Selenium's Secrets Probed in New Study
Chemist Chris Hawkes prepares
a hair specimen from a
volunteer to analyze its
selenium content. Hair can
provide a history of dietary
selenium intakes from a couple
of weeks to many months in
Tomorrow's breads, pastas, and other flour-based foods might be specially
enriched with seleniuman essential nutrient. But more research
into the activity of selenium in our bodies needs to be done before
the United States embarks on fortifying foods with this trace element.
That's why ARS research chemist
Chris Hawkes is leading an innovative investigation of moderately high
doses of selenium. He is looking at the effects on human cardiovascular
health, immune function, and reproductive health. Hawkes is at the ARS
Western Human Nutrition Research Center at Davis, California.
The selenium experiment, now in its second phase, will provide new,
detailed information about this mineral. More than 30 healthy men aged
18 to 45 are participating as volunteers in this study.
As part of a study on selenium's
At regular intervals, the men will visit the center to provide samples
of blood, urine, semen, and other specimens for laboratory tests. They
will also receive tests of cardiovascular function and several other
health indicators. In addition, they will turn in detailed records of
their exercise, general health, and the foods they have eaten during
specific 3-day periods.
"This multiphase, multiple-variable experiment will give us a
more detailed look at selenium's activities over a longer period than
the first phase of our study," says Hawkes. The first phase included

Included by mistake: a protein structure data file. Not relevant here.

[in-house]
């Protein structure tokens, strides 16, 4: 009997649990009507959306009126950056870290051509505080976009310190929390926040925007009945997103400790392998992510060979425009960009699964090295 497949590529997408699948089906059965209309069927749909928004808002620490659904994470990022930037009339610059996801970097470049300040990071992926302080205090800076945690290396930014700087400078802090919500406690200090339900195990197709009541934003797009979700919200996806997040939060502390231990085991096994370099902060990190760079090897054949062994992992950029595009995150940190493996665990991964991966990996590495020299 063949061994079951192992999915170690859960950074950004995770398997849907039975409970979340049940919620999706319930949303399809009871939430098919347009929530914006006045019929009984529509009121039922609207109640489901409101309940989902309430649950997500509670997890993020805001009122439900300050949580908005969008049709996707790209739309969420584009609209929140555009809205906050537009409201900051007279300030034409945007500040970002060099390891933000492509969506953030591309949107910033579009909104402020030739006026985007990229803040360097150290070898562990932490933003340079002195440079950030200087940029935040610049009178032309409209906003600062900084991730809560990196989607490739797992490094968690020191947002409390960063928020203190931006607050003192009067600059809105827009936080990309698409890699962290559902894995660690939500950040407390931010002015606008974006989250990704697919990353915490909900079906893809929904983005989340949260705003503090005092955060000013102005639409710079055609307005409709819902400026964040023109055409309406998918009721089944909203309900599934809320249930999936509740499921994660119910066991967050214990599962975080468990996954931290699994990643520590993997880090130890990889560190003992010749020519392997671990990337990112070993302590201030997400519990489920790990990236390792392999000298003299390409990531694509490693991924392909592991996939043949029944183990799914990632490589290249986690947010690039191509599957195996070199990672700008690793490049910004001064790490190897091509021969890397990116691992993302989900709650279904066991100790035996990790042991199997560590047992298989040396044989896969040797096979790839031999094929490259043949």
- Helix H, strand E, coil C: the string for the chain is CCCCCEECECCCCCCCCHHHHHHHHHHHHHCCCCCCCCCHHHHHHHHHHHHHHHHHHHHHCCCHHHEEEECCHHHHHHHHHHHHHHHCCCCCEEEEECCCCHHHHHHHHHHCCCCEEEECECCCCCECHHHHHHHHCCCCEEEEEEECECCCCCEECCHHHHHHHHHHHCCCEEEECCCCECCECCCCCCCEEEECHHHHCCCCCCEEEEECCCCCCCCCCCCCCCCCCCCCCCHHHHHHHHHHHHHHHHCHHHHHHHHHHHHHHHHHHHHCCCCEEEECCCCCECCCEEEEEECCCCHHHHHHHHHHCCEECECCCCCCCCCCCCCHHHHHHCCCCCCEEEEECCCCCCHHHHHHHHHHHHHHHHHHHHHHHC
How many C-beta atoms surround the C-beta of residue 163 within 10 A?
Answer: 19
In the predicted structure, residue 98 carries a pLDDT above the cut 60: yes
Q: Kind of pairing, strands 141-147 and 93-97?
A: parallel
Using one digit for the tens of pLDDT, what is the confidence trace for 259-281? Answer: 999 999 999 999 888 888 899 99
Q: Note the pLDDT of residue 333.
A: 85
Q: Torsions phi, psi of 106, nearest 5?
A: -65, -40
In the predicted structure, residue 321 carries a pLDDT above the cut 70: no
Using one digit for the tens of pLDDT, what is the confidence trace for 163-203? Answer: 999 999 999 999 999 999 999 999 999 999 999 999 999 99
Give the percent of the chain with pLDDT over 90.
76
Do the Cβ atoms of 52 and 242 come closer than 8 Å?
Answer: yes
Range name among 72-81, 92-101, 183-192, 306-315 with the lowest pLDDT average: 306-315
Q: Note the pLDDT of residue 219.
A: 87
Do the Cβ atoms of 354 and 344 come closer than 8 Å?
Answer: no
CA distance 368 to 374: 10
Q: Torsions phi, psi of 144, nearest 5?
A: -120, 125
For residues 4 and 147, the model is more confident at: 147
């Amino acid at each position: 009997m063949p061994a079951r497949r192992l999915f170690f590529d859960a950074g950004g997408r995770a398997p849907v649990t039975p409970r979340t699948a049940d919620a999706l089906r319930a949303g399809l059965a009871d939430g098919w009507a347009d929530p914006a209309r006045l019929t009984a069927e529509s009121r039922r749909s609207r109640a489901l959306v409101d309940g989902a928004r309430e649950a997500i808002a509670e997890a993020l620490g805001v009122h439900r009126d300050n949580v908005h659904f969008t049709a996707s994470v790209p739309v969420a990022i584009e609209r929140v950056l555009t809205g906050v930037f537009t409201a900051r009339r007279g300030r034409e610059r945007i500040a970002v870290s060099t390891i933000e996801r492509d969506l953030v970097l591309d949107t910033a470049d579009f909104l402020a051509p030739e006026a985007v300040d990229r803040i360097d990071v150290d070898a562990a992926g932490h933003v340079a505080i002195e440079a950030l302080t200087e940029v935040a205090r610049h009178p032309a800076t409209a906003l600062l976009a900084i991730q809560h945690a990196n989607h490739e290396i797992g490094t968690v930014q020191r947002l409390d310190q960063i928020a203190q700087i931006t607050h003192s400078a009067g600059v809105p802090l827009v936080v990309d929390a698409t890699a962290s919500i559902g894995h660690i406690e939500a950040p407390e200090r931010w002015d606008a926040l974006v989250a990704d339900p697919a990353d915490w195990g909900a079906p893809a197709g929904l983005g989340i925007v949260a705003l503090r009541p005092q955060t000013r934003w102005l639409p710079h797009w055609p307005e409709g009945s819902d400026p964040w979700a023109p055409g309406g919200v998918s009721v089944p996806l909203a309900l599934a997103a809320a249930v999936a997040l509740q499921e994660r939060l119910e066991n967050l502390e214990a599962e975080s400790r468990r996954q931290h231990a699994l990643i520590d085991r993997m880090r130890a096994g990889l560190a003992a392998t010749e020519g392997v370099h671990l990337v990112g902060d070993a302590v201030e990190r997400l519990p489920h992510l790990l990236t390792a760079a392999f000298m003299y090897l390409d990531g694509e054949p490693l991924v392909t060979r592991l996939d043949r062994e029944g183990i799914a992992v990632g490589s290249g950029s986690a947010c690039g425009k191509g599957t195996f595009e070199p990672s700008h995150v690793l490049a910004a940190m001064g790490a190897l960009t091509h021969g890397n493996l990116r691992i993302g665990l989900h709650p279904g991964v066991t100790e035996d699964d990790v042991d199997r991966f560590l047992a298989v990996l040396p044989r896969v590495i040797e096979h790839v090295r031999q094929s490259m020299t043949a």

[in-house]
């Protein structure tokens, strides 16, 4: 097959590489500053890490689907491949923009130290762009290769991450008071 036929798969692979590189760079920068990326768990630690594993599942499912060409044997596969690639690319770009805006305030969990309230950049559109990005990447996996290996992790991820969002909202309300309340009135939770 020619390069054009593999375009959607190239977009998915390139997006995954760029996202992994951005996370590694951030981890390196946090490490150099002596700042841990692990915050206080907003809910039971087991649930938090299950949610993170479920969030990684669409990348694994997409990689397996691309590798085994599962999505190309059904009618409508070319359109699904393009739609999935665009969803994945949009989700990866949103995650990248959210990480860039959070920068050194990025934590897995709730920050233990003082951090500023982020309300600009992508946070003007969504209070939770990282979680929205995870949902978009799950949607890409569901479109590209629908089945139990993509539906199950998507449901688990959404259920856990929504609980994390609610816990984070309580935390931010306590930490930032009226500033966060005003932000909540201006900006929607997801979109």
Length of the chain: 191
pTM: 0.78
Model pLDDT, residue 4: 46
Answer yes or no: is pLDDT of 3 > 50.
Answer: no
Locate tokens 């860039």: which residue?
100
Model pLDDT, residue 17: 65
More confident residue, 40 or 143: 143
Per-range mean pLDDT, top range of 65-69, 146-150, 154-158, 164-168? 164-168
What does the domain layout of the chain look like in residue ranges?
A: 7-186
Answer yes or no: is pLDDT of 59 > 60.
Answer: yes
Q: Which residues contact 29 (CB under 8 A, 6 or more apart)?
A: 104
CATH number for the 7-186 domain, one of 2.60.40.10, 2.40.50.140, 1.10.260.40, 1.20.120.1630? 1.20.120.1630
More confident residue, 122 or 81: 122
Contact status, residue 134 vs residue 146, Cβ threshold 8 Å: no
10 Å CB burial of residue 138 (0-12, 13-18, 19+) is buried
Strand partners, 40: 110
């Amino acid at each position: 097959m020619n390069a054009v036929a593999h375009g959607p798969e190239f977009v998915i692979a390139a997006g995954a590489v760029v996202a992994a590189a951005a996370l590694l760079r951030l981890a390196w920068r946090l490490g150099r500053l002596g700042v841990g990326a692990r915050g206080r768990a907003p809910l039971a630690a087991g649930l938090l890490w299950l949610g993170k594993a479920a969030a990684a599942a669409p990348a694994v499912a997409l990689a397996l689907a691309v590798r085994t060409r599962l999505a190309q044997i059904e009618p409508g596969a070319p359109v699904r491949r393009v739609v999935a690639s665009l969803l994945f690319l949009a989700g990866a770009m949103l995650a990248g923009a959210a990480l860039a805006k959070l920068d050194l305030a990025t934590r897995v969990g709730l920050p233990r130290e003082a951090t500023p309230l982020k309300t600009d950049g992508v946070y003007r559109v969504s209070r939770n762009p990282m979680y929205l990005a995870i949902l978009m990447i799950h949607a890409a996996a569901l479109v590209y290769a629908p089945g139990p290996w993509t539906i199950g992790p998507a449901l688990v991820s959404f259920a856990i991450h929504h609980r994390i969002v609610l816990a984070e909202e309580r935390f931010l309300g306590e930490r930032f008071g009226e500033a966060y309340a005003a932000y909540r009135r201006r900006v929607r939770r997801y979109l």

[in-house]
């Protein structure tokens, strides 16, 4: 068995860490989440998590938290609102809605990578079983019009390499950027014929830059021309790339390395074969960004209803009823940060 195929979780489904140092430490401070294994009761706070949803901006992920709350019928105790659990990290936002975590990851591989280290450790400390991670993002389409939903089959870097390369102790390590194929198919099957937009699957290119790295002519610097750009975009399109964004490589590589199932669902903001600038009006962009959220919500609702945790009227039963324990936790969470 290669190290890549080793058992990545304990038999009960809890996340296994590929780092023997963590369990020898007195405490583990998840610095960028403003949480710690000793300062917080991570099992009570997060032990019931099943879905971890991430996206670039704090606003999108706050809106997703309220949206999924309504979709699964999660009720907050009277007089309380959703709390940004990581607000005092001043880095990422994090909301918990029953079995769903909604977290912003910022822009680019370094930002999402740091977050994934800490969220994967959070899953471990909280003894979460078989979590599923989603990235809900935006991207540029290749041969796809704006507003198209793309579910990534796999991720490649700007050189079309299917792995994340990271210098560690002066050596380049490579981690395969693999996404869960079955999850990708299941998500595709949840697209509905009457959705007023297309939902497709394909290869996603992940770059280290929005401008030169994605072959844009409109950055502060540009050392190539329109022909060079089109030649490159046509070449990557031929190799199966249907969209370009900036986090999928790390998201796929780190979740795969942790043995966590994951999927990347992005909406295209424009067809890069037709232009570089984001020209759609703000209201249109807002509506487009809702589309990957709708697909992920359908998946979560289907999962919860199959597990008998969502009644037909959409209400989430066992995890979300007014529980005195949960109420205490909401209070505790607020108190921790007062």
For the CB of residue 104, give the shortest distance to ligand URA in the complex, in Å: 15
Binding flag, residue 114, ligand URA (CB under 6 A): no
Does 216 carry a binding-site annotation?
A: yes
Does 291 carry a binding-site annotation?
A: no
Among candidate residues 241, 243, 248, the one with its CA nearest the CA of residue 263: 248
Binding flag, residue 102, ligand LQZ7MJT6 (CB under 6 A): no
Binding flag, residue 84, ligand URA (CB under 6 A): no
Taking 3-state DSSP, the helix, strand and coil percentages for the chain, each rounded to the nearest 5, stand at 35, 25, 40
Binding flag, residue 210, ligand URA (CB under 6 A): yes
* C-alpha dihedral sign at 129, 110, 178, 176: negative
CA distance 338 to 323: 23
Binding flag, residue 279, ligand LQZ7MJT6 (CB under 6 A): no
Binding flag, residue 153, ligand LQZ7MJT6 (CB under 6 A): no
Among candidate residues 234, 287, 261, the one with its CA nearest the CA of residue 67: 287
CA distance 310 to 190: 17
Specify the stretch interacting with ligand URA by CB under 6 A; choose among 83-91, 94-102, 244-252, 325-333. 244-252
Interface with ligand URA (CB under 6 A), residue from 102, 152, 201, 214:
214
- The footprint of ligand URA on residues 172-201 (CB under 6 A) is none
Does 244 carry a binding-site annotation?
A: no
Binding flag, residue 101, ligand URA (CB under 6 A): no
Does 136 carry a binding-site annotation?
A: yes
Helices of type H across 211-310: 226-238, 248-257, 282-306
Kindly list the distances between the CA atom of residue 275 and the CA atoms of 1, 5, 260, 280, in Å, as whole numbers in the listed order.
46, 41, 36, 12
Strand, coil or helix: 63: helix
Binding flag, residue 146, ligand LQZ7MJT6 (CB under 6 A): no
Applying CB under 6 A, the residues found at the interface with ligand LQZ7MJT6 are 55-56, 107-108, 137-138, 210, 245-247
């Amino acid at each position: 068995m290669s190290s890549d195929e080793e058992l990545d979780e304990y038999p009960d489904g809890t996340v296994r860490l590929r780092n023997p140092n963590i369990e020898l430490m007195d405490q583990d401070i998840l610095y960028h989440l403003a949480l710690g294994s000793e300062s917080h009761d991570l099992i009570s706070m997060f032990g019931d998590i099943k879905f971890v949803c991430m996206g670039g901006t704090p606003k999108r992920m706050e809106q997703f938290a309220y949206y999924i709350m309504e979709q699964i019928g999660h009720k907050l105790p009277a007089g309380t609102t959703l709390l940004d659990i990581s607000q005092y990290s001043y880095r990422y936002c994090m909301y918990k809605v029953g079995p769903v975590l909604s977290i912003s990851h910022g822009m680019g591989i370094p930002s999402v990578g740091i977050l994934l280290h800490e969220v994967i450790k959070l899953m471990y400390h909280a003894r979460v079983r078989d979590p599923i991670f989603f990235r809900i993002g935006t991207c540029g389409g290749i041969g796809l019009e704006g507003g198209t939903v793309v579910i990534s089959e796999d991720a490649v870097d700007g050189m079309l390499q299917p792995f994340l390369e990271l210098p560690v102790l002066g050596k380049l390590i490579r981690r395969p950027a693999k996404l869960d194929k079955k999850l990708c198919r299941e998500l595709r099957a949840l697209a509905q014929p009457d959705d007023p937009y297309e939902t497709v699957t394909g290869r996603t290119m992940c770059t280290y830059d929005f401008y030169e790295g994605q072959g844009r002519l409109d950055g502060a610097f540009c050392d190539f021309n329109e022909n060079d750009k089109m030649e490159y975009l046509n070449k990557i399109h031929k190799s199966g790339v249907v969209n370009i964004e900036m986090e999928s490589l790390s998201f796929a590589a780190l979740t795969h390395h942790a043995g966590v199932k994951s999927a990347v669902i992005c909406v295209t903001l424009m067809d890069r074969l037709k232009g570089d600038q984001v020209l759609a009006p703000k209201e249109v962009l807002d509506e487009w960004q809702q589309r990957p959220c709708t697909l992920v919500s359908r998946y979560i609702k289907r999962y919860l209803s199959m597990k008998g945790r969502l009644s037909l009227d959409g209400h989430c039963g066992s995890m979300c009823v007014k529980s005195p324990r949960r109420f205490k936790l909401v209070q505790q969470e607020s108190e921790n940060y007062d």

11 volunteers who lived at the center for 120 days and ate meals specially
prepared for them. In the current phase of the study, volunteers live
at home with a free choice of what to eat. They come to the center only
Seafoodand grains and meats from regions with selenium-rich soilsare
good sources of this mineral. Other sources include dairy products and
Scientists have known for years that selenium is needed for proper
growth and reproduction in animals. This work with animals has also
indicated that selenium is critical to keeping the thyroid active and
functioning properly. Too, it is a powerful antioxidant that protects
cells from oxidation byproducts known as peroxides. But selenium still
For example, Hawkes says, recent studies, done elsewhere with laboratory
animals raised on selenium-deficient feed, have suggested that selenium
helps fight cardiovascular disease. Arteries in those animals did not
properly expand and contract. Arteries are the stretchy vessels that
carry oxygenated blood away from the heart, out to the rest of the body.
That expansion and contraction, or vascular responsiveness, is vital
for maintaining a healthful flow of blood. "In our study, we are
measuring the changes in vascular responsiveness of these volunteers
by regularly monitoring the diameter and flow rate of the brachial artery
in the upper arm," says Hawkes. "This is a standard test of
"We use an inflated blood pressure cuff on the forearm to temporarily
block the flow of blood. Then we release the cuff and use an ultrasound
device to see and measure the response of the artery. In a person with